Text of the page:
• Here, in a bit of a change from the past where it was mainly about paper certification, conduct regulators now look for practical signs that you’re not simply relying on old qualifications from early in your career. Under conduct regulation, it is not enough simply to have qualified for a certificate as say an accountant or a securities trader at some point in the distant past. To prove you are a competent senior manager you will need to show how you are keeping up to date with the way that modern markets work, and particularly your markets.
  3. Required functions
    • These are the most basic senior management roles needed by all firms to assure the regulator and reassure the public, that the firm plays by the rules and is not a front for a criminal enterprise.
  4. Statement of Responsibilities
    • Each senior manager is required to set out their own understanding of what they are responsible for and will be held accountable for by the regulator. Each SM is expected to send their own statement to the conduct regulator when first appointed to the role and again each year that they continue to do the job.
  5. Responsibilities Map
    • The map sets out each firm's specific arrangements for governance, management and designating responsibilities to individuals across the firm. The exercise of drawing up a responsibilities map, goes to the heart of how senior manager accountability is handled within a firm.
  6. Certification
    • Staff in so-called Certification functions are employees, including SMs but not necessarily at senior level, who could pose a risk of significant harm to the firm or its customers.
  7. Material risk-takers
    • Although this may seem quite self-evident, there is a lot of disagreement among firms as to how many of their staff, other than SMs, are engaged in material risk-taking and therefore how many of the wider employee base needs certifying.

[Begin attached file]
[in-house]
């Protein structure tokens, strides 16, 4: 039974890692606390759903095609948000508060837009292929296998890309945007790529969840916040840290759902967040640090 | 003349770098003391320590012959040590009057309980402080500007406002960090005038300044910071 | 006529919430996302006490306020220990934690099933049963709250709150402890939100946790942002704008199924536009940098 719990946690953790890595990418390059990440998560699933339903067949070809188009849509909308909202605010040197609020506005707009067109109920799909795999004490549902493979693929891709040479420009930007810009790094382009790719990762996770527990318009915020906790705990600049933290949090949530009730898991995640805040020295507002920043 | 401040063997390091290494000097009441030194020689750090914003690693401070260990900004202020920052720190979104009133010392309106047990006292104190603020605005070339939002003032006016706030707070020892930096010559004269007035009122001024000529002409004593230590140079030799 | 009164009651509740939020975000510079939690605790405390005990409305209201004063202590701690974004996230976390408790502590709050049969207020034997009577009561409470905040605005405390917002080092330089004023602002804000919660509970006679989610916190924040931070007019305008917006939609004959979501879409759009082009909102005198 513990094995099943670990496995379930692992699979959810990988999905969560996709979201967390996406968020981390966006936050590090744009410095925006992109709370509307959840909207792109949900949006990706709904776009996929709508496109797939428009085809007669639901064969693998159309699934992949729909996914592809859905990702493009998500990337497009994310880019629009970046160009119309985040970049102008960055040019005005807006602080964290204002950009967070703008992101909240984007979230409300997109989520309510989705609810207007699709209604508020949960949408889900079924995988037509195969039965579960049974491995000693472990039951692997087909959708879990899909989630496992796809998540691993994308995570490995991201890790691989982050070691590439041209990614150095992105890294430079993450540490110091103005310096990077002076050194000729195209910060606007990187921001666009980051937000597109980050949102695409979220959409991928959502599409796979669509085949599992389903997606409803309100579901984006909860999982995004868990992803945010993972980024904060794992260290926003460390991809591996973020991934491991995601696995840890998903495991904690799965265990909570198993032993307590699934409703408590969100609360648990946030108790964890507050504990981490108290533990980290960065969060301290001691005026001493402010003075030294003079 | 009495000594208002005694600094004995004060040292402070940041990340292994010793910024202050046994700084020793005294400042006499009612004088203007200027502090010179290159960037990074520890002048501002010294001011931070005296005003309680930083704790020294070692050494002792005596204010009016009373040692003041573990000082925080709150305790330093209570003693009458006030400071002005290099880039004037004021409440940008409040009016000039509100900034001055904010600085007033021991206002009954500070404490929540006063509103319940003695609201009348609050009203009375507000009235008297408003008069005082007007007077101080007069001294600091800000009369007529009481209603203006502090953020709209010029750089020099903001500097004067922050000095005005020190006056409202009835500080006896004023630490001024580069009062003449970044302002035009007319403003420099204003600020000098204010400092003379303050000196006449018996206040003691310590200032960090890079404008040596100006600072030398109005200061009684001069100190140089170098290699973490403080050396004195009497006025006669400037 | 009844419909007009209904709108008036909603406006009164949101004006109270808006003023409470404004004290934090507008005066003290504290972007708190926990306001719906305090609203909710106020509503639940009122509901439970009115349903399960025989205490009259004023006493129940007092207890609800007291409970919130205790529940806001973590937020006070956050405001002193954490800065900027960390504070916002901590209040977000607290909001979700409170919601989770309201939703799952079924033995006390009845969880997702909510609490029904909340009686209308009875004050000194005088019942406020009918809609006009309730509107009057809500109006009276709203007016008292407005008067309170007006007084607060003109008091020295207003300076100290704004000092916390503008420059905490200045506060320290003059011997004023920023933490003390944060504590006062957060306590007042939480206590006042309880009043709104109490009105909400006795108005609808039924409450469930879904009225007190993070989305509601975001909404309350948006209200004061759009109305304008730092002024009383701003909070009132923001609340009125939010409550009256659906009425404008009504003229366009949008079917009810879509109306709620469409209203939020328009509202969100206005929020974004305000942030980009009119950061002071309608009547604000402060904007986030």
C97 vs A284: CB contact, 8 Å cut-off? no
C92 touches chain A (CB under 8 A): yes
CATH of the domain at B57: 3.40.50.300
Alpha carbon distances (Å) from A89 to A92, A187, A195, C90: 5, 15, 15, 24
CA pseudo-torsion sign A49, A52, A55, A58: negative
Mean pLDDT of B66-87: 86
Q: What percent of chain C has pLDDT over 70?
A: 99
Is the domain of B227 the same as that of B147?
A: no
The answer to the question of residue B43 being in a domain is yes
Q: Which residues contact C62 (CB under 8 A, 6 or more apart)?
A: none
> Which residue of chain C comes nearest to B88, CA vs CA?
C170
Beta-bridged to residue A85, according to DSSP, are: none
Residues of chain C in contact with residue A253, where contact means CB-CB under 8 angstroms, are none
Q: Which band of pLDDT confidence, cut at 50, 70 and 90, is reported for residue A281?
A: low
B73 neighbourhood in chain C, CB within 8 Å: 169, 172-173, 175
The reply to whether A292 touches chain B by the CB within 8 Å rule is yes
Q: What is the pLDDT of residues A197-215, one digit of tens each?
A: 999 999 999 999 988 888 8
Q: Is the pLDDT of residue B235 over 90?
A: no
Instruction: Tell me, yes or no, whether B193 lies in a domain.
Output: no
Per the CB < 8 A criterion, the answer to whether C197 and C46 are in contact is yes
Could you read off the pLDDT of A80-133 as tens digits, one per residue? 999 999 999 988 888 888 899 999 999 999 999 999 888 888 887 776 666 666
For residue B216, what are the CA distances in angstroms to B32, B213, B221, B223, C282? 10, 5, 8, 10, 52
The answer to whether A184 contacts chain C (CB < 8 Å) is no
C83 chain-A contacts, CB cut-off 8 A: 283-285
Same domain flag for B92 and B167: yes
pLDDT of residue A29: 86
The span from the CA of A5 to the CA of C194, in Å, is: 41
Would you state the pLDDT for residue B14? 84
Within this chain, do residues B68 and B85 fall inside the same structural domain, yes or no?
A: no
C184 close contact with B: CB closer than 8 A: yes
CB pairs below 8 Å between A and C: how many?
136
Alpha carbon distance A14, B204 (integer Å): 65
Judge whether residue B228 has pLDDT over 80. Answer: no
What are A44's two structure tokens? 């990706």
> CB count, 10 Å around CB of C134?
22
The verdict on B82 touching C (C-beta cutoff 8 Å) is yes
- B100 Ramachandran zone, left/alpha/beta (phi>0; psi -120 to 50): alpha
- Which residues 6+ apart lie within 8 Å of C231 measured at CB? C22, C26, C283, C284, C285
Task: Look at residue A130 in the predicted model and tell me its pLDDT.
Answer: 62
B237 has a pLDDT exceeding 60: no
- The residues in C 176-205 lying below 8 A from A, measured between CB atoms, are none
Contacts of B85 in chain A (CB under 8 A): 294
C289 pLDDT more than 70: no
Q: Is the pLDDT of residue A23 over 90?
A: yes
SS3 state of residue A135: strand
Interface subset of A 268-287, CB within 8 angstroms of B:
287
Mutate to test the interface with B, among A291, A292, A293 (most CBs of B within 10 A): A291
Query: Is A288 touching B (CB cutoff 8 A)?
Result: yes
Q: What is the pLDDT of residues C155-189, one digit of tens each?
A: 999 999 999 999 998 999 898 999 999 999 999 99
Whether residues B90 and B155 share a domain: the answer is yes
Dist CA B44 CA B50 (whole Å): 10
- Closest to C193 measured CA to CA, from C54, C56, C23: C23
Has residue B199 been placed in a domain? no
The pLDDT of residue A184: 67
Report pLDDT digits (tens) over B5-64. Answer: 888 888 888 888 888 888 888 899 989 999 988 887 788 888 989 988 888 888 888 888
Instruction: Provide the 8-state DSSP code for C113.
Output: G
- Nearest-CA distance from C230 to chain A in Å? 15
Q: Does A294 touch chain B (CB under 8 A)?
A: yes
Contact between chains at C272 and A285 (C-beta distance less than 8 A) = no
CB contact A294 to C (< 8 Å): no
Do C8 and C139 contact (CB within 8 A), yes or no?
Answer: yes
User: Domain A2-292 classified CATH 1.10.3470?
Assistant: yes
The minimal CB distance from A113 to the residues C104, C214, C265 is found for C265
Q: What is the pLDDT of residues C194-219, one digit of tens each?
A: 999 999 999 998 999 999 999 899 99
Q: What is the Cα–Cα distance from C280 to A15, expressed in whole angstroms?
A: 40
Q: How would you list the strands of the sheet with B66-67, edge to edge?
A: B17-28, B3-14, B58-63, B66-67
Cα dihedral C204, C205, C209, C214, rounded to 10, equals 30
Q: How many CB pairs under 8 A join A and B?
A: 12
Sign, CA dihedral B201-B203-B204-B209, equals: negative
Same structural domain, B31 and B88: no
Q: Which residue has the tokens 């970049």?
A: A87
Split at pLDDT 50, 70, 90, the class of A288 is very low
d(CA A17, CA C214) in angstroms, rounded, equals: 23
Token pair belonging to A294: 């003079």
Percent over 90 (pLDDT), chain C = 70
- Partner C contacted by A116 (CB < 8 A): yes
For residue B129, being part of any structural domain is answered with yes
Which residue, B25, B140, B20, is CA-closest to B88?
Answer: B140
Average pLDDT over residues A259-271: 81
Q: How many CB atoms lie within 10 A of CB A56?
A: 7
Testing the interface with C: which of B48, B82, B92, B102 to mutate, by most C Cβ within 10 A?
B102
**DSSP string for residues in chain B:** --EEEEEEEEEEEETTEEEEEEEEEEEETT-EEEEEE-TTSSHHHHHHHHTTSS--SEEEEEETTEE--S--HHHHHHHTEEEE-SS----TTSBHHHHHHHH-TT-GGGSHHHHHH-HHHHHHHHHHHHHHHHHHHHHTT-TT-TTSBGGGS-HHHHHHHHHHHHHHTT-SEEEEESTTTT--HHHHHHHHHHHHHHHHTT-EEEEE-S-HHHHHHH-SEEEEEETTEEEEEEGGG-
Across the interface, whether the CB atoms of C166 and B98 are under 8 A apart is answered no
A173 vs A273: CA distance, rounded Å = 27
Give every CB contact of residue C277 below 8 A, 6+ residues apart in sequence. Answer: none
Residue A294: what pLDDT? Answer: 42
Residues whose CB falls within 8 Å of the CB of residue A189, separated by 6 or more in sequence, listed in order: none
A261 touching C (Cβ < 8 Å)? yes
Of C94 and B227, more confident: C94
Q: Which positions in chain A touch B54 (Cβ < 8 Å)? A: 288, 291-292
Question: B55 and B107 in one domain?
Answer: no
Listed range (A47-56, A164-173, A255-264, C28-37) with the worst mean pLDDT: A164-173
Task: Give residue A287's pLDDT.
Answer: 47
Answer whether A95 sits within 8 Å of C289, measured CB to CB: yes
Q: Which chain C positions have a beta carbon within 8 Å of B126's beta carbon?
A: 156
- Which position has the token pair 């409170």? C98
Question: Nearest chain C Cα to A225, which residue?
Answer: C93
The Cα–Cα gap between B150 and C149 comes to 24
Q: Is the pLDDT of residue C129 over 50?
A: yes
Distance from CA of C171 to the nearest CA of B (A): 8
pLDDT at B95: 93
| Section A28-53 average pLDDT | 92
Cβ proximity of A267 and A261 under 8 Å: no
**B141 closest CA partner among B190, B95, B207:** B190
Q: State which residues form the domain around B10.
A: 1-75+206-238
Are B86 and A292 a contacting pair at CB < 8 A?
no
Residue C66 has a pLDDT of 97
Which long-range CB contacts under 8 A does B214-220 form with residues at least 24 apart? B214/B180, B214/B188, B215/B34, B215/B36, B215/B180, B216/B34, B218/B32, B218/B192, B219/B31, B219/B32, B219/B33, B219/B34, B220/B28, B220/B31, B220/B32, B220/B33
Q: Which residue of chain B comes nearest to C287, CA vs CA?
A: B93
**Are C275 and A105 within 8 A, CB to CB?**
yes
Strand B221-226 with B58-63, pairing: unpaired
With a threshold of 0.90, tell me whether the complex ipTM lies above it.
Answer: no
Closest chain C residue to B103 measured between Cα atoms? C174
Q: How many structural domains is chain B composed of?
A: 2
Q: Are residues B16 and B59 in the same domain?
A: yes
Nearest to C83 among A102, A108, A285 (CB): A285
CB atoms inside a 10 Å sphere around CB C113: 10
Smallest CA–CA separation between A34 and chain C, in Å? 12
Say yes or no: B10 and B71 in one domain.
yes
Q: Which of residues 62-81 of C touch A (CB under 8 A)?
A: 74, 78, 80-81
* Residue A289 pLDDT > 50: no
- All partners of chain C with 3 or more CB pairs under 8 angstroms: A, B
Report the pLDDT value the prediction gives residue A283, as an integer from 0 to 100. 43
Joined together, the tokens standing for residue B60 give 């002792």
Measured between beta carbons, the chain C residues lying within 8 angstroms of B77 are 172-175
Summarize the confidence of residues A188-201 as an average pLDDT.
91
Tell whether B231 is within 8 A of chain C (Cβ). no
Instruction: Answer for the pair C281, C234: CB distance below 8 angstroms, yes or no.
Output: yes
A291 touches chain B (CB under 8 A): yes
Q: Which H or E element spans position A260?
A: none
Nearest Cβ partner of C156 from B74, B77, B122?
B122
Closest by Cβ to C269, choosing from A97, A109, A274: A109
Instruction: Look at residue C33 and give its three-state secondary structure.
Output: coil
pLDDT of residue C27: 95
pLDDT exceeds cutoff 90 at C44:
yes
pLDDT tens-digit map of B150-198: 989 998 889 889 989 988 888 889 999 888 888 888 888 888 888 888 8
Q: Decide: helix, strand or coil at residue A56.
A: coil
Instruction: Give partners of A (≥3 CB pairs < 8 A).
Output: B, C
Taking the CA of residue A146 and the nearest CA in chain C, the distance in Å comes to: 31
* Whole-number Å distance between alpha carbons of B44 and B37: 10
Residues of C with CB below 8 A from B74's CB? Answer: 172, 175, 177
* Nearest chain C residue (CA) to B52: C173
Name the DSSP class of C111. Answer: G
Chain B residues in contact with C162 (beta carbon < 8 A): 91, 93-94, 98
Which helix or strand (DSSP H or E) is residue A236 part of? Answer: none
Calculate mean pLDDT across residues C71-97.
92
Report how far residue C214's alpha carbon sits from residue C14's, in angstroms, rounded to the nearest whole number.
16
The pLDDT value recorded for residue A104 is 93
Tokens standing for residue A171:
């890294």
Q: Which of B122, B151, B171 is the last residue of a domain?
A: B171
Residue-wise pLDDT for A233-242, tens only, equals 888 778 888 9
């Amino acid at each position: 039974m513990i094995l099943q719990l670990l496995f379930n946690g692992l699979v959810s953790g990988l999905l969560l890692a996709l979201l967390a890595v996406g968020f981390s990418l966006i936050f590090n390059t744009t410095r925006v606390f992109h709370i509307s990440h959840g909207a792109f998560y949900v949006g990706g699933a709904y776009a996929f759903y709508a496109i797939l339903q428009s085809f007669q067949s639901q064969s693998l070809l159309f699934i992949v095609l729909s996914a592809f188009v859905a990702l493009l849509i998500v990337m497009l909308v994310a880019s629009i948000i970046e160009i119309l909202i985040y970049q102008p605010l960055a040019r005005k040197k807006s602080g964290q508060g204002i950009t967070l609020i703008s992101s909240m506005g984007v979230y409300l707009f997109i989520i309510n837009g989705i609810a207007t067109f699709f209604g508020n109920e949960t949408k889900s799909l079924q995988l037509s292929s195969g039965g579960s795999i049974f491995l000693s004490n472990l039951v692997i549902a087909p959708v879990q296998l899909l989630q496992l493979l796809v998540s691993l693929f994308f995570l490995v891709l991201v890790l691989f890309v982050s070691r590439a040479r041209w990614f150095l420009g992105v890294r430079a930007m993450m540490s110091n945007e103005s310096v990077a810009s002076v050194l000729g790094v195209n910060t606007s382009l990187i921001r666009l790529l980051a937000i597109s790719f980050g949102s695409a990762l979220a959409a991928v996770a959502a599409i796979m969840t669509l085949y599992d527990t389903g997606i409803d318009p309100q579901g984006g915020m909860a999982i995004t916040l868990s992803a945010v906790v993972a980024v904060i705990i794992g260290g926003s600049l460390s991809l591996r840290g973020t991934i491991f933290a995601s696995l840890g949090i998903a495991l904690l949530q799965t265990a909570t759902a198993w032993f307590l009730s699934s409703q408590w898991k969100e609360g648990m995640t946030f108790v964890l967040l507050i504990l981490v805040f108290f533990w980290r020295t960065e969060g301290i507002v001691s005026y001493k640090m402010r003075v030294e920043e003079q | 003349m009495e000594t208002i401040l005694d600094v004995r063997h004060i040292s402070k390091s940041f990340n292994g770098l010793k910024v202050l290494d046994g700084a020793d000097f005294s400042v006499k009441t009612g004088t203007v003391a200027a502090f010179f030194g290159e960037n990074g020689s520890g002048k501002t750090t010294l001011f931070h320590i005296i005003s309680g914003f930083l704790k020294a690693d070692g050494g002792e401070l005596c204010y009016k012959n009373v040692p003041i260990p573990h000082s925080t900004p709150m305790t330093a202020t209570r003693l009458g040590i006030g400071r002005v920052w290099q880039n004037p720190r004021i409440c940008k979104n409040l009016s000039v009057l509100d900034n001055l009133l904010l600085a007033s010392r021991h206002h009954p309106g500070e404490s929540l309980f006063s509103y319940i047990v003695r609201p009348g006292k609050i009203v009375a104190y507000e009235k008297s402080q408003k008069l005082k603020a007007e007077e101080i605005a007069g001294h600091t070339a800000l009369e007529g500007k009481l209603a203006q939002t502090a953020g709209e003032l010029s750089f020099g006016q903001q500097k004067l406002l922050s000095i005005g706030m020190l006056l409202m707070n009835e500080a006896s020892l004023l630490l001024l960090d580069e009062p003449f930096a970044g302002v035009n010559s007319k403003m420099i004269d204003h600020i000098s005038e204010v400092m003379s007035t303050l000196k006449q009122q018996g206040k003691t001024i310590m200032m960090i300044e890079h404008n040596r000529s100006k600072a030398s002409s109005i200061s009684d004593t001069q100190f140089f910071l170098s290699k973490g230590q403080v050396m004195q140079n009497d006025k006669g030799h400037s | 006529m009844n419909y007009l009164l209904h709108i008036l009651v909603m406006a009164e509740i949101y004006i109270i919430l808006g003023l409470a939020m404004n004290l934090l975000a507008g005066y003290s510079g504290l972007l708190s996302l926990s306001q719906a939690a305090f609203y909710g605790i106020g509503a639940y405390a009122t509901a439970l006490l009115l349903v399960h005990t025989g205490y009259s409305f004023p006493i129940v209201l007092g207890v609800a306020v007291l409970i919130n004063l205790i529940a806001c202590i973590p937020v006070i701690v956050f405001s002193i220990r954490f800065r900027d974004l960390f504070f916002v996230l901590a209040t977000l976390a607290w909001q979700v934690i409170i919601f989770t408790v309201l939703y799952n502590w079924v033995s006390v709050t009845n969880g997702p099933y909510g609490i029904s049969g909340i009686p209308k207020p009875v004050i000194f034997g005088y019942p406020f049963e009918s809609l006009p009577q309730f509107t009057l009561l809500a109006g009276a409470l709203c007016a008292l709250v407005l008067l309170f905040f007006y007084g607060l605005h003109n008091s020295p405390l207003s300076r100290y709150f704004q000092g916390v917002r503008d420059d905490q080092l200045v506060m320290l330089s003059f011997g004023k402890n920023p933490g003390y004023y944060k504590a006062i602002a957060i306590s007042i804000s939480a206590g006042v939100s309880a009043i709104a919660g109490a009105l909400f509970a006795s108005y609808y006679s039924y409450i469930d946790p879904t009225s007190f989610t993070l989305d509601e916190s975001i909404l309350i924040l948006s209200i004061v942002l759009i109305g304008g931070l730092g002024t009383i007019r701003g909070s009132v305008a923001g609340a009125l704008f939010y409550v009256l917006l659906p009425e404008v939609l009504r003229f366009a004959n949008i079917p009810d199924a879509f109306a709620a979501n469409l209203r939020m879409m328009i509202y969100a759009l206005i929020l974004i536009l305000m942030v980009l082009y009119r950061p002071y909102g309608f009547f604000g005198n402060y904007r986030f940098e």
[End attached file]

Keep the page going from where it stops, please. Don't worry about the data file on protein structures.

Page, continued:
8. Attestation
    • The name that many firms and their lawyers give to the process of putting together senior managers statements of responsibilities, any related certification, and each individual's takeaway from the role-mapping.
  9. Structured training
    • Again this is an innocent looking phrase, but it actually means: is the SM taking part in a training programme that identifies them as qualifying for the FCA’s Training and Competence threshold?

What are some relevant SMF numbers?

Senior management functions, or SMFs, are in the regulator's own words, “roles where the people doing them need to be approved by the FCA ”, as defined in the regulator’s Handbook. Broadly speaking, it’s one person, one distinct set of responsibilities which don’t overlap with anyone else’s.

  • Chief Executive: SMF1
  • Finance Director: SMF2
  • Head of Risk: SMF4

Other Execs are SMF 3s, although for larger firms there are special SMF numbers for the committee Chairs of Risk, Audit, Remuneration and Nominations who are SMFs 10, 11, 12 and 13 respectively. The Chair of the Board meanwhile is SMF9.

You may now be thinking, what happened to the other high numbers? The Conduct regulator is very interested in two of the control functions closest to the reporting pipeline: that’s why the Head of Risk is SMF4 and the Head of Internal Audit, SMF5. Finally, the Head of Operations also gets a key role, as SMF24.

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Roger Miles

Roger Miles

Roger researches behavioural risks in organisations, and advises senior leaders on how best to communicate risk and conduct matters. Previously, Roger ran risk communication programmes for professional bodies and the British Government. He now runs industry-level Academies for Conduct and Culture, and produces workshops with financial firms.